As a New Englander, I have a confession to make. I bailed on the Super Bowl at half time. Yup. I was at a great Super Bowl party, hitting going there before heading home after a solid week of business travel. The food was great, the company was even better. But the Patriots in the first two quarters? Well, you saw it. It looked and felt like they didn’t even show up to the game. I showed up to the party – but two quarters in, there didn’t seem to be anything to see. I even skipped most of Lady Gaga at half time.
Now, I have to make a disclaimer here. I am not a big football fan. I watch the Super Bowl. That’s usually it, unless I luck into some tickets or get invited to Patriots Place for a game. Otherwise, I’m pretty neutral about it all. I have a Tom Brady football jersey (a gift) – and I didn’t even think to wear it. That’s how much of a fan I am. Pretty pathetic, I know. Even worse, I didn’t turn on the TV when I got home. I was just so happy to be home, I ran upstairs to jump into my own wonderful bed. Where I stayed. So yes, I missed the most incredible last quarter of football EVER.
What You’re Missing When You Quit Early
• The best effort.
• The finesse.
• The last-minute strategy.
• The repositioning.
• The turning of the tide and the push to completion.
I missed all of it, which made me think. First, I do not even deserve to be called a fan. And secondly, how many instances do I see in Marketing and/or Sales, where bailing out occurs before it’s really the right time to make that decision?
Lately, I see this a lot. I’ve been doing a good deal of messaging and sales coaching over the past 6 months. I’ve also been writing and working with several groups of reps and sales scripts, to reach some really tough prospect targets. I mean the kind of prospects that don’t want to talk to you, and hang up as soon as you get started. The ones that say, “I’m busy, please call back later,” and then never answer the phone for the rest of their lives.
What happens when this is going on? Well, some consistent behavior. Follow-ups start to decline. Scripts get abandoned, or reworded without checking in on messaging. Reps start approaching the calls a bunch of different ways, delivering a very inconsistent message and experience for prospects. The feeling that this isn’t working starts to permeate the campaign. Doubt sets in.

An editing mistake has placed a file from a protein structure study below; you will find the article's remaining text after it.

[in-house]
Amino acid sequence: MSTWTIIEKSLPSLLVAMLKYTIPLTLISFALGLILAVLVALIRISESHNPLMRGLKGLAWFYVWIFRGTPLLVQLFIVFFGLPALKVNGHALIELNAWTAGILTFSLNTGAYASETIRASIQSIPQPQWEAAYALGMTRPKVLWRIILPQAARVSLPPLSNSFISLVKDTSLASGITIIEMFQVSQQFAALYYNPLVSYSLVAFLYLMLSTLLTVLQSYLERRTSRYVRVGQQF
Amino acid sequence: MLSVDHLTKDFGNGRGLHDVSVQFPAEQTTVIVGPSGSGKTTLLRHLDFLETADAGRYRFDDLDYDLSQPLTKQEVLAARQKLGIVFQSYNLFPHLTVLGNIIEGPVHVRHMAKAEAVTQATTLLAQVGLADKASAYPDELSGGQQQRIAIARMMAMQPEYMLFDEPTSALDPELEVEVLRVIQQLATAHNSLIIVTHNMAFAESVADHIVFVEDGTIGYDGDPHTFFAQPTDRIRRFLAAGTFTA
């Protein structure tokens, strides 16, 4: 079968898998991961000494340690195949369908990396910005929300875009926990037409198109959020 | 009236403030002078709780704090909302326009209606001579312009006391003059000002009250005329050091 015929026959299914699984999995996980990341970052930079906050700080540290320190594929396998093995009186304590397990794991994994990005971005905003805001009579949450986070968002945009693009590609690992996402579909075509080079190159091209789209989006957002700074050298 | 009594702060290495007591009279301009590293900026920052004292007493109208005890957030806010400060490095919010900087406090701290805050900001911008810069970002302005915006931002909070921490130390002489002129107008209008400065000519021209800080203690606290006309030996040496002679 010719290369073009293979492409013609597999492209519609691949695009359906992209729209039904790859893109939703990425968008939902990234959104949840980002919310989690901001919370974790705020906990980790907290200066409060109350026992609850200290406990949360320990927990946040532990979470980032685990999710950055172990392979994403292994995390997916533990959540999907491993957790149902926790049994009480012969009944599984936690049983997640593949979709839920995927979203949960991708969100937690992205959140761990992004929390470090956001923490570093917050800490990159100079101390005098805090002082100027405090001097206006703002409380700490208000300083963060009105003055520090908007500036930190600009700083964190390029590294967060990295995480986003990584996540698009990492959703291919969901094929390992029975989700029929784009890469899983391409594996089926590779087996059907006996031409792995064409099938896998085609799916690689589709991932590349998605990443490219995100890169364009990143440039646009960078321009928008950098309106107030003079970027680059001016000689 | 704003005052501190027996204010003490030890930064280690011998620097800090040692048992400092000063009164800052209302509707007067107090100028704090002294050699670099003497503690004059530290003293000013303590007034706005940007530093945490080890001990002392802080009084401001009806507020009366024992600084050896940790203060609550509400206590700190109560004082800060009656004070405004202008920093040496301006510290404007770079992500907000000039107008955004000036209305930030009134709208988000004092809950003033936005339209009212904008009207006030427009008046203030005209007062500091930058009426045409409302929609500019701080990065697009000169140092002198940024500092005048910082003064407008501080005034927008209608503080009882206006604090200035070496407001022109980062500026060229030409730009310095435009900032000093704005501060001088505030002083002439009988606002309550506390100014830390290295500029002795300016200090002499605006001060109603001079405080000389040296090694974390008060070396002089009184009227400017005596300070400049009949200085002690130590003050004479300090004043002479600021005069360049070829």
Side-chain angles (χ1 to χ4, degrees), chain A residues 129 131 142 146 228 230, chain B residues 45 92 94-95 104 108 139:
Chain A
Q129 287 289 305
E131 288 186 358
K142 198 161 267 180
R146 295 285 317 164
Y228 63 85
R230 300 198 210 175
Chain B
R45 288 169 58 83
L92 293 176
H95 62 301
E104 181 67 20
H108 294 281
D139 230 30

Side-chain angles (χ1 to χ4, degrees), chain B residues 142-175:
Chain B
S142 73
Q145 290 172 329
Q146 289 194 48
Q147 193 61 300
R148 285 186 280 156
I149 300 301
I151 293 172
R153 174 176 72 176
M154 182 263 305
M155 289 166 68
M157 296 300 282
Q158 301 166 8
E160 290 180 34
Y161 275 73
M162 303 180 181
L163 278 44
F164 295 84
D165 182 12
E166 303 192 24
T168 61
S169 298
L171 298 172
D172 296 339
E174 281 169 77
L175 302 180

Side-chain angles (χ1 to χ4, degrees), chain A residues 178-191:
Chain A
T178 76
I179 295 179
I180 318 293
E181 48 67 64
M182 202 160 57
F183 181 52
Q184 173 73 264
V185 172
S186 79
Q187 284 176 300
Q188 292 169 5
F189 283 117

Paying Attention Before, During and After
It made me start to think about the questions we need to ask as we go into both marketing and sales campaigns. The key is to really think about all the things that could happen. That includes the possibility that the campaign might fail, or not produce enough of the desired result. We plan for success – but what about the possibility of failure? When the stakes are high, we focus on the success we are trying to achieve. But what if it gets too hard? Here are some questions that we as marketers and sellers should consider before we start to execute a program or campaign.
• What is the experience we anticipate in trying to reach these prospects?
• What if the opposite happens? How will we pivot?
• Has the messaging been tested with real people who represent these targets?
• Do we really know what the reactions are going to be?
• Are we prepared with cogent responses to the objections that are going to come up?
• Is the value proposition story about the prospects’ needs, or is it about our own offering?
• Based on early prospect reaction, how relevant is the information we are trying to share with them?
• At what point do people disconnect from our content (in any format)?
• Do we have alternative messaging we can use to test against our primary campaign? • What have people responded to, either positively or negatively, that we can expand, shift, or change?
• Do you notice anything happening with prospect responses that you find to be unanticipated or surprising? What is that telling us that might help advance or refine our strategy?
• Do we have enough patience to give the campaign enough time to prove out, one way or the other?
• How well (or not) did the messaging stand up? Were people making the connection, or did they have more questions?
• How did the program/campaign do compared to comparable past programs?
• What is the one big “ah ha” we got from this program – whether positive or negative?
• Is it worth running a 2.0 version of it?
Looking back at that amazing Super Bowl comeback, you can see that Coach Belichick had a game plan before the game, but at halftime, he had to re-evaluate what was working and what was not working. He had a plan to pivot, and focus on what he knew would work. He saw how the Falcons were reacting, and he instituted some changes in his game plan. But he also had the patience to know that he had the time and the resources to achieve those objectives. The greatest comeback in football history was not a fluke, not a stroke of luck. It was all about not bailing, but making intelligent adjustments, and proceeding on doggedly through to the end.
Want to find out what buyers really are looking for in value props and messaging? Download the infographic.